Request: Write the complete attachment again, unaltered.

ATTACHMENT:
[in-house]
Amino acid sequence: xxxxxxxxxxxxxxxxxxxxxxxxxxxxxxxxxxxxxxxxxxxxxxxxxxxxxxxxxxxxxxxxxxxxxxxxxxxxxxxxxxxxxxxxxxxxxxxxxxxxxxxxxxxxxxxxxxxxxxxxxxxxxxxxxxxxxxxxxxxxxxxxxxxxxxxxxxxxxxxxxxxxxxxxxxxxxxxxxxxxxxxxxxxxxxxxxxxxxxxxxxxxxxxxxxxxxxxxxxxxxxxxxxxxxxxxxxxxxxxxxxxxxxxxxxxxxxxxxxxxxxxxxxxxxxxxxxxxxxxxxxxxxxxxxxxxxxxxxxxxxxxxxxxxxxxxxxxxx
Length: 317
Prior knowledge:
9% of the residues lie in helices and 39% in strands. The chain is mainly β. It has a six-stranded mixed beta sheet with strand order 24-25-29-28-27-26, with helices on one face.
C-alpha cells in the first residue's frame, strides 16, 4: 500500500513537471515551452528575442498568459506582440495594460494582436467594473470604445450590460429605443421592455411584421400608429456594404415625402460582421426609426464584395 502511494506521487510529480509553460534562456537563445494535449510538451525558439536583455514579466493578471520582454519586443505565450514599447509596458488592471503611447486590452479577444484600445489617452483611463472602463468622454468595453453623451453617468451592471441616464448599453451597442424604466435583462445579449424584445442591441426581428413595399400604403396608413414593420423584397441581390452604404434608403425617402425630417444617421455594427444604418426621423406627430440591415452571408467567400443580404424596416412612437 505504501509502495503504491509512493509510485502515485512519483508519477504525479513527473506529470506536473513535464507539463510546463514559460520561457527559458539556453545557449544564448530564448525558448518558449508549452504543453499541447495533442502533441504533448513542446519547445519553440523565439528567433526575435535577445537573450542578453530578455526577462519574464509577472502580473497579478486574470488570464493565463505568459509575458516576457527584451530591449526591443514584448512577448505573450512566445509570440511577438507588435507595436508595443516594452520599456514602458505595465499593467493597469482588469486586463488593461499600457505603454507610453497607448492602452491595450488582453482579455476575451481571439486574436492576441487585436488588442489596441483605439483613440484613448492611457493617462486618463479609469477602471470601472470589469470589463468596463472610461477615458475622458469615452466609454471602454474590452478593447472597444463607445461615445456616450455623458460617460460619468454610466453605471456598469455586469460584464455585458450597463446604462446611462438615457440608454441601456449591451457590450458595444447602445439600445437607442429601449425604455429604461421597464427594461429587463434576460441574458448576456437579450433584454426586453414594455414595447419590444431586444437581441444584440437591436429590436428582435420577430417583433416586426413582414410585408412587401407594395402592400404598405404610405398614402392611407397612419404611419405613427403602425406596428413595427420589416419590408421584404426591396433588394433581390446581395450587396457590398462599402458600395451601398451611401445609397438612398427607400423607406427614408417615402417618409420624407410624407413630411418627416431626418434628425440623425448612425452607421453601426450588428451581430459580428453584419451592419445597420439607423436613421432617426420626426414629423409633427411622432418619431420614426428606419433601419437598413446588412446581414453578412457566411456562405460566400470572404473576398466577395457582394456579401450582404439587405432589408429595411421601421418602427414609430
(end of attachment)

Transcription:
[in-house]
Amino acid sequence: xxxxxxxxxxxxxxxxxxxxxxxxxxxxxxxxxxxxxxxxxxxxxxxxxxxxxxxxxxxxxxxxxxxxxxxxxxxxxxxxxxxxxxxxxxxxxxxxxxxxxxxxxxxxxxxxxxxxxxxxxxxxxxxxxxxxxxxxxxxxxxxxxxxxxxxxxxxxxxxxxxxxxxxxxxxxxxxxxxxxxxxxxxxxxxxxxxxxxxxxxxxxxxxxxxxxxxxxxxxxxxxxxxxxxxxxxxxxxxxxxxxxxxxxxxxxxxxxxxxxxxxxxxxxxxxxxxxxxxxxxxxxxxxxxxxxxxxxxxxxxxxxxxxxxxxxxxxxx
Length: 317
Prior knowledge:
9% of the residues lie in helices and 39% in strands. The chain is mainly β. It has a six-stranded mixed beta sheet with strand order 24-25-29-28-27-26, with helices on one face.
C-alpha cells in the first residue's frame, strides 16, 4: 500500500513537471515551452528575442498568459506582440495594460494582436467594473470604445450590460429605443421592455411584421400608429456594404415625402460582421426609426464584395 502511494506521487510529480509553460534562456537563445494535449510538451525558439536583455514579466493578471520582454519586443505565450514599447509596458488592471503611447486590452479577444484600445489617452483611463472602463468622454468595453453623451453617468451592471441616464448599453451597442424604466435583462445579449424584445442591441426581428413595399400604403396608413414593420423584397441581390452604404434608403425617402425630417444617421455594427444604418426621423406627430440591415452571408467567400443580404424596416412612437 505504501509502495503504491509512493509510485502515485512519483508519477504525479513527473506529470506536473513535464507539463510546463514559460520561457527559458539556453545557449544564448530564448525558448518558449508549452504543453499541447495533442502533441504533448513542446519547445519553440523565439528567433526575435535577445537573450542578453530578455526577462519574464509577472502580473497579478486574470488570464493565463505568459509575458516576457527584451530591449526591443514584448512577448505573450512566445509570440511577438507588435507595436508595443516594452520599456514602458505595465499593467493597469482588469486586463488593461499600457505603454507610453497607448492602452491595450488582453482579455476575451481571439486574436492576441487585436488588442489596441483605439483613440484613448492611457493617462486618463479609469477602471470601472470589469470589463468596463472610461477615458475622458469615452466609454471602454474590452478593447472597444463607445461615445456616450455623458460617460460619468454610466453605471456598469455586469460584464455585458450597463446604462446611462438615457440608454441601456449591451457590450458595444447602445439600445437607442429601449425604455429604461421597464427594461429587463434576460441574458448576456437579450433584454426586453414594455414595447419590444431586444437581441444584440437591436429590436428582435420577430417583433416586426413582414410585408412587401407594395402592400404598405404610405398614402392611407397612419404611419405613427403602425406596428413595427420589416419590408421584404426591396433588394433581390446581395450587396457590398462599402458600395451601398451611401445609397438612398427607400423607406427614408417615402417618409420624407410624407413630411418627416431626418434628425440623425448612425452607421453601426450588428451581430459580428453584419451592419445597420439607423436613421432617426420626426414629423409633427411622432418619431420614426428606419433601419437598413446588412446581414453578412457566411456562405460566400470572404473576398466577395457582394456579401450582404439587405432589408429595411421601421418602427414609430